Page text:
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    Rights statement: This is a pre-copy-editing, author-produced PDF of an article accepted for publication in Health Promotion International following peer review. The definitive publisher-authenticated version Ruth Ponsford, Michelle Collins, Matt Egan, Emma Halliday, Sue Lewis, Lois Orton, Kate Powell, Amy Barnes, Sarah Salway, Anne Townsend, Margaret Whitehead, Jennie Popay, Power, control, communities and health inequalities. Part II: measuring shifts in power, Health Promotion International, 2020;, daaa019, https://doi.org/10.1093/heapro/daaa019 is available online at: [url]

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    Embargo ends: 31/12/21

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Power, control, communities and health inequalities. Part II: measuring shifts in power

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E-pub ahead of print
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<mark>Journal publication date</mark>31/12/2020
<mark>Journal</mark>Health Promotion International
Number of pages10
Publication StatusE-pub ahead of print
Early online date31/12/20
<mark>Original language</mark>English

Abstract

In the health field, there is great interest in the role empowerment might play in reducing social inequalities in health. Empowerment is understood here as the processes of developing capabilities that individuals and/or communities need to exercise control over decisions and actions impacting on their lives and health. There is a fundamental problem, however, in identifying and measuring capabilities for collective control that emerge at the level of the collective, with much of the existing literature focusing on individual measures even where community-level processes are concerned. Collective measures need to capture the dynamics of interactions within and between groups, not simply aggregate individual-level measures. This article, Part 2 in a three-part series, takes up the challenge of identifying qualitative markers of capabilities for collective control. We applied the emancipatory power framework (EPF) reported in Part 1 of the series, to qualitative data generated during a longitudinal evaluation of a major English area-based empowerment initiative, the Big Local (BL). We identified empirical 'markers' of shifts towards greater collective control pertaining to each of the 'power' dimensions in the EPF-'power within', 'power with' and 'power to'-and markers of communities exercising 'power over' other institutions/community members. These markers can usefully be applied in the evaluation planning and evaluation of empowerment initiatives. Part 3 in the series uses these markers and a second analytical framework developed during our evaluation of BL to explore how power dynamics unfold in participatory spaces in BL neighbourhoods.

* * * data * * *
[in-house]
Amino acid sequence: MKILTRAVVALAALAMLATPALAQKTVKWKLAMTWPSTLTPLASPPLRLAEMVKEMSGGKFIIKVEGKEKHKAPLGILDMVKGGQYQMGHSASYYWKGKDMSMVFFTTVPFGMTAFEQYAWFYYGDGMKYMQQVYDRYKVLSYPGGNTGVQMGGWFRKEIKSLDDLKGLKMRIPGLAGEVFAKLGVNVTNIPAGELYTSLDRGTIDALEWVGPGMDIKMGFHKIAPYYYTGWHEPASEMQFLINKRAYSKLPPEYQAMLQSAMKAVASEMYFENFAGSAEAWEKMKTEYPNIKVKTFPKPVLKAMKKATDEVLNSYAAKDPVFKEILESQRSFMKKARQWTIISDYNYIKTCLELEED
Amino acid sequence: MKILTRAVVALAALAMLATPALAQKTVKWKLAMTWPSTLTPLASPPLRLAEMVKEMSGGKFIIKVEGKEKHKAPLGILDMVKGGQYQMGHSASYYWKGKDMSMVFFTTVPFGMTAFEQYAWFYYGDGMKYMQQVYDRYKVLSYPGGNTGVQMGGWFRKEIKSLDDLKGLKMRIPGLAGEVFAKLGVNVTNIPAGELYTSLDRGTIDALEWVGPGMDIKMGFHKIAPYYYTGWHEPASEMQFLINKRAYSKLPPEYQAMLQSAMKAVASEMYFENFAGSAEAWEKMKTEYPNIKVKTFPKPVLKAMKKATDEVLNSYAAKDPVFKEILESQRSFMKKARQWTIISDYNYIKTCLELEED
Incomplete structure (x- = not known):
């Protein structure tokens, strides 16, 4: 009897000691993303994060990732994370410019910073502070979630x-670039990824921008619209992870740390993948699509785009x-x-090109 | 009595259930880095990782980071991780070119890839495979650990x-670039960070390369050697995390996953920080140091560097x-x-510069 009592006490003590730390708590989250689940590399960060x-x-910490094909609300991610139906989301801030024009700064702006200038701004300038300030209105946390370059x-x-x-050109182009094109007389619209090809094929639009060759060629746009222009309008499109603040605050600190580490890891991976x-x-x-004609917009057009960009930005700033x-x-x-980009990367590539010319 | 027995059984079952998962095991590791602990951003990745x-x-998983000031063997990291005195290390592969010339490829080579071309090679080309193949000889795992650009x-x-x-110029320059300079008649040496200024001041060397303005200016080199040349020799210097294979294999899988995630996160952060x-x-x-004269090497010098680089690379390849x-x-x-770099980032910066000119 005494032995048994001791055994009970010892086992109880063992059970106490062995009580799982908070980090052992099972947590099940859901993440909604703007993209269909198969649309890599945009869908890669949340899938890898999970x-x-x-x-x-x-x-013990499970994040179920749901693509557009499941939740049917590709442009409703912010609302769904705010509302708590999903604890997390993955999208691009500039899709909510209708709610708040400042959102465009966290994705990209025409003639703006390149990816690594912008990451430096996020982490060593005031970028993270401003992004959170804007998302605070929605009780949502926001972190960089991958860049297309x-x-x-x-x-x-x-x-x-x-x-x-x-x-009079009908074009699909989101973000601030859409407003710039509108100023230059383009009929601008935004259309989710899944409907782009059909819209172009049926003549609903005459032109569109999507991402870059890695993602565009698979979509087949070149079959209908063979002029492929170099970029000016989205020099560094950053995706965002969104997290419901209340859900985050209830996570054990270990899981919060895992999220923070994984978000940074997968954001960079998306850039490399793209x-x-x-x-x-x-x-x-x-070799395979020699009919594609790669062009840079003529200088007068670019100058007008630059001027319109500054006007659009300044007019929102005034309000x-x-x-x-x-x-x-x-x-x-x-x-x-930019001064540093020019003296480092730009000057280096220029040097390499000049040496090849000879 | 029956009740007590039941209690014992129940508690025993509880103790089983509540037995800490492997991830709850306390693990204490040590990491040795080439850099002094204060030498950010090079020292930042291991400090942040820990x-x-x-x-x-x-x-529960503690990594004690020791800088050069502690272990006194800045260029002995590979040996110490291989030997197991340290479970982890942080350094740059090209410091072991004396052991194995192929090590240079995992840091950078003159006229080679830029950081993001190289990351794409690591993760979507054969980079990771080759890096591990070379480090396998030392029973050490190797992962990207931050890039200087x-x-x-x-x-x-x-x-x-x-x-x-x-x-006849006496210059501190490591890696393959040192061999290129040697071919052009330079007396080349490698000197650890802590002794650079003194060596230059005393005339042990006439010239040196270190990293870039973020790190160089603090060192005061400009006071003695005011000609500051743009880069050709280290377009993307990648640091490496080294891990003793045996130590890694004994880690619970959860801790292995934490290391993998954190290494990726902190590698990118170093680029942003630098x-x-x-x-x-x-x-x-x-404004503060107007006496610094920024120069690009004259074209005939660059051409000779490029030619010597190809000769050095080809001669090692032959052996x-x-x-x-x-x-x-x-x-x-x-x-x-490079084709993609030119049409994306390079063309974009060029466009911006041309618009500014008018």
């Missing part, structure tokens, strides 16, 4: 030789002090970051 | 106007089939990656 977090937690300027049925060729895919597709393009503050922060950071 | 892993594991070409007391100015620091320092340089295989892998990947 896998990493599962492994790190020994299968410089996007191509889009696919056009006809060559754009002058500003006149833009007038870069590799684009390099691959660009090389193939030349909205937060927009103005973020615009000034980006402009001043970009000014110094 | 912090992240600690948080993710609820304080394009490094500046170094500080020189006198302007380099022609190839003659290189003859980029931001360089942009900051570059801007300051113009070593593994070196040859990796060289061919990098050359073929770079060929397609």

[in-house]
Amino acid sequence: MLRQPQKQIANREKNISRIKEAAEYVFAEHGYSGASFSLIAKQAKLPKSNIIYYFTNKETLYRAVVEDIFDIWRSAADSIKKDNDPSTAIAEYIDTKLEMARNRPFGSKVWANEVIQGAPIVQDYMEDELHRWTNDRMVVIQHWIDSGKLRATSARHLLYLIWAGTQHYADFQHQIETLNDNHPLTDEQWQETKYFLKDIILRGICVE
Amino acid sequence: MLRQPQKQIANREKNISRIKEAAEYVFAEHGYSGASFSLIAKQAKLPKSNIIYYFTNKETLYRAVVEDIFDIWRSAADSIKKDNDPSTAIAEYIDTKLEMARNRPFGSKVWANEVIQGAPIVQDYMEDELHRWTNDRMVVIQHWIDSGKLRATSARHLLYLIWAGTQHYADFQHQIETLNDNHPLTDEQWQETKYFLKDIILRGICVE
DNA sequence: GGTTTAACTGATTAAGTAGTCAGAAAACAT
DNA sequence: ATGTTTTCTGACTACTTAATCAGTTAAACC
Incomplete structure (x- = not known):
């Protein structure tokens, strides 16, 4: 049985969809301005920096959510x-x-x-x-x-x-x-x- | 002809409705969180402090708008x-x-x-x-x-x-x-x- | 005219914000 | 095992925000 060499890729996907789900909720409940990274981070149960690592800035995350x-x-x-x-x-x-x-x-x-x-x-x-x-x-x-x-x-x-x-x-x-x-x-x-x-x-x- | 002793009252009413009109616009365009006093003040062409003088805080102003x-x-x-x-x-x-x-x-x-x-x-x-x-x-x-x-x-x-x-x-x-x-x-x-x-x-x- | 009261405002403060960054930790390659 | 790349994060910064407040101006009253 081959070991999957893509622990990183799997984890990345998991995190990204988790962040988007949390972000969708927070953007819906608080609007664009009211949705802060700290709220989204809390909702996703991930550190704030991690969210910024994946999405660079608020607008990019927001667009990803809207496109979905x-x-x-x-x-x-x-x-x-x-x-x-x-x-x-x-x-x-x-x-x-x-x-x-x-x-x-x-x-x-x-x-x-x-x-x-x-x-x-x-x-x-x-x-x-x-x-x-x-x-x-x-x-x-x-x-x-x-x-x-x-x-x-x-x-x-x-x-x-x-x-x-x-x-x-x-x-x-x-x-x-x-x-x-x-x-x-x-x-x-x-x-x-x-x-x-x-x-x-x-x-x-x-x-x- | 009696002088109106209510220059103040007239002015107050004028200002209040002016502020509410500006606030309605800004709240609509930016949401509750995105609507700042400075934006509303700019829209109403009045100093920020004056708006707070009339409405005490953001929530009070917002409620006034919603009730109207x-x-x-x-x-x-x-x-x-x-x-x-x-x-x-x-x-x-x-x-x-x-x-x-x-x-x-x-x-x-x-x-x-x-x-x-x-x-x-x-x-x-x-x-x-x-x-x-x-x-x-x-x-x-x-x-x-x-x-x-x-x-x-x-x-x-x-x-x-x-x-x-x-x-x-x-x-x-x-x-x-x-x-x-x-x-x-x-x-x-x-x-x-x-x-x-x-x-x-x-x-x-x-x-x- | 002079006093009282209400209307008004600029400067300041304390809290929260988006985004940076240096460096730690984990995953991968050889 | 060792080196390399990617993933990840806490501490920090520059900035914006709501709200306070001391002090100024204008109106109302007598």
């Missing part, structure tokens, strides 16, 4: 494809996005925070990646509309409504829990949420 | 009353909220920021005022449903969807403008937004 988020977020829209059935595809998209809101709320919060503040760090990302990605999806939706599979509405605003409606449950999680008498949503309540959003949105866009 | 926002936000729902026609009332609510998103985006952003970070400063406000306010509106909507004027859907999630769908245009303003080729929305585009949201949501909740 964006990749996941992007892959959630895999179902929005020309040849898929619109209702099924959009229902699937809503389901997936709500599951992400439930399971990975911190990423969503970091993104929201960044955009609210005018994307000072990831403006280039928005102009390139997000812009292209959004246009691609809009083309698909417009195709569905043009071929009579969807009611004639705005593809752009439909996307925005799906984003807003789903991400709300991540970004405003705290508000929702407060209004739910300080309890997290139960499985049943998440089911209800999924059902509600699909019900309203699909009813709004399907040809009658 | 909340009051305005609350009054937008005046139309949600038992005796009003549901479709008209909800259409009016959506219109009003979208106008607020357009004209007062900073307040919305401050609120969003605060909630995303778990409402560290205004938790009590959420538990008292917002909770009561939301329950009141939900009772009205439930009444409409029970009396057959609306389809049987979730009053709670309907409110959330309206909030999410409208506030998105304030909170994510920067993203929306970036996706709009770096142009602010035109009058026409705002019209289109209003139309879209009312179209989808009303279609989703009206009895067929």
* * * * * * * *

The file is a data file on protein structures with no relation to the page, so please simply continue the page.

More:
Bibliographic note

This is a pre-copy-editing, author-produced PDF of an article accepted for publication in Health Promotion International following peer review. The definitive publisher-authenticated version Ruth Ponsford, Michelle Collins, Matt Egan, Emma Halliday, Sue Lewis, Lois Orton, Kate Powell, Amy Barnes, Sarah Salway, Anne Townsend, Margaret Whitehead, Jennie Popay, Power, control, communities and health inequalities. Part II: measuring shifts in power, Health Promotion International, 2020;, daaa019, https://doi.org/10.1093/heapro/daaa019 is available online at: [url]